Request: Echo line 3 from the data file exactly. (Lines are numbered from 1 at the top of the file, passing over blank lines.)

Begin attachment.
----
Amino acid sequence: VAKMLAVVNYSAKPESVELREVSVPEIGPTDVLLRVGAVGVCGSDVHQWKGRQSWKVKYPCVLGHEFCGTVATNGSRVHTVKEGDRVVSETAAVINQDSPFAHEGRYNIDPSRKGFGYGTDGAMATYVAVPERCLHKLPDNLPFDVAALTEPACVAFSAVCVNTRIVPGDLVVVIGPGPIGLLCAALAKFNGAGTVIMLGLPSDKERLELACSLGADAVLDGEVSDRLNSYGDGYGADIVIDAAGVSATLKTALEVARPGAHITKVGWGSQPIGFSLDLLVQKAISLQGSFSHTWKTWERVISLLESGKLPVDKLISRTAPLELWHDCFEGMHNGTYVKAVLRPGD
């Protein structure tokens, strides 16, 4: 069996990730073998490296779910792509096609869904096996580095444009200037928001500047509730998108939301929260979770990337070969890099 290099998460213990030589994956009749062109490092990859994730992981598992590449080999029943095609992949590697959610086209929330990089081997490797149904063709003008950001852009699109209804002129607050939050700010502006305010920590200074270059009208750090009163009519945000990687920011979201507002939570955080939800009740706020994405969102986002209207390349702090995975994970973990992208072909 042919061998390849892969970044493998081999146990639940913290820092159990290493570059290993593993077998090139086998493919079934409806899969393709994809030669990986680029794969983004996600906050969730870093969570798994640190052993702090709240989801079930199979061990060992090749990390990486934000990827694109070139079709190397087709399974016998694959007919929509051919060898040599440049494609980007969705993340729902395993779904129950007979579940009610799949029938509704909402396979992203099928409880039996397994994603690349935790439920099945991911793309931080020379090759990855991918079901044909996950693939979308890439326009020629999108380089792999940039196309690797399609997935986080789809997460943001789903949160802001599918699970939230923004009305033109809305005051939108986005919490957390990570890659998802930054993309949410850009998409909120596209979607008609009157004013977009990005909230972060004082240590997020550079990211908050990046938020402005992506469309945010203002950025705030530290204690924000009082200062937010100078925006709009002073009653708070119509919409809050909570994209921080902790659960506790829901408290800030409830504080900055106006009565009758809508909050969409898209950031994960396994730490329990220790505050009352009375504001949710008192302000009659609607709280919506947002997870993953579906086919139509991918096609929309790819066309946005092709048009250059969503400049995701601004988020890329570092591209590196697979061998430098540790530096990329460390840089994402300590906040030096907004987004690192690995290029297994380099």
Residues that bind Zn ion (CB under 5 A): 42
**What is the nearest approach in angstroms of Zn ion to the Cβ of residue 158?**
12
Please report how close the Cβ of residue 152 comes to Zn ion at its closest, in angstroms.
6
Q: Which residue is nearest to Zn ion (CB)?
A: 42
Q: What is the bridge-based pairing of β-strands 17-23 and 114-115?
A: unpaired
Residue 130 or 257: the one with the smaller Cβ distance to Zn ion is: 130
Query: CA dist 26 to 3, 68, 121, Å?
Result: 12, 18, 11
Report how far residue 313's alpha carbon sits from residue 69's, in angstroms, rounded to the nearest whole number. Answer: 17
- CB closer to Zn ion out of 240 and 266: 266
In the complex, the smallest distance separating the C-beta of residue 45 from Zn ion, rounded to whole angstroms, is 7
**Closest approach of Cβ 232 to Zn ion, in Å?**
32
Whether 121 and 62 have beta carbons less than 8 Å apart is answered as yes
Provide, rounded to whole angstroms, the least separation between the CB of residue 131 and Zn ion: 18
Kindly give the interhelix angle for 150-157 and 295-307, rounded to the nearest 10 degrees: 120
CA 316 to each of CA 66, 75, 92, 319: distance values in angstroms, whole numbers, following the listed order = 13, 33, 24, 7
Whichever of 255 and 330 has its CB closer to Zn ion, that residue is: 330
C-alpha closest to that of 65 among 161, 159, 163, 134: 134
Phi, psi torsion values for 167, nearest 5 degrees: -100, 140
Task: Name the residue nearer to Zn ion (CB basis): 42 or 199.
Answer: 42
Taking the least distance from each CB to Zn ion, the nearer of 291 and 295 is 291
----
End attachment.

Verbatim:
Residues that bind Zn ion (CB under 5 A): 42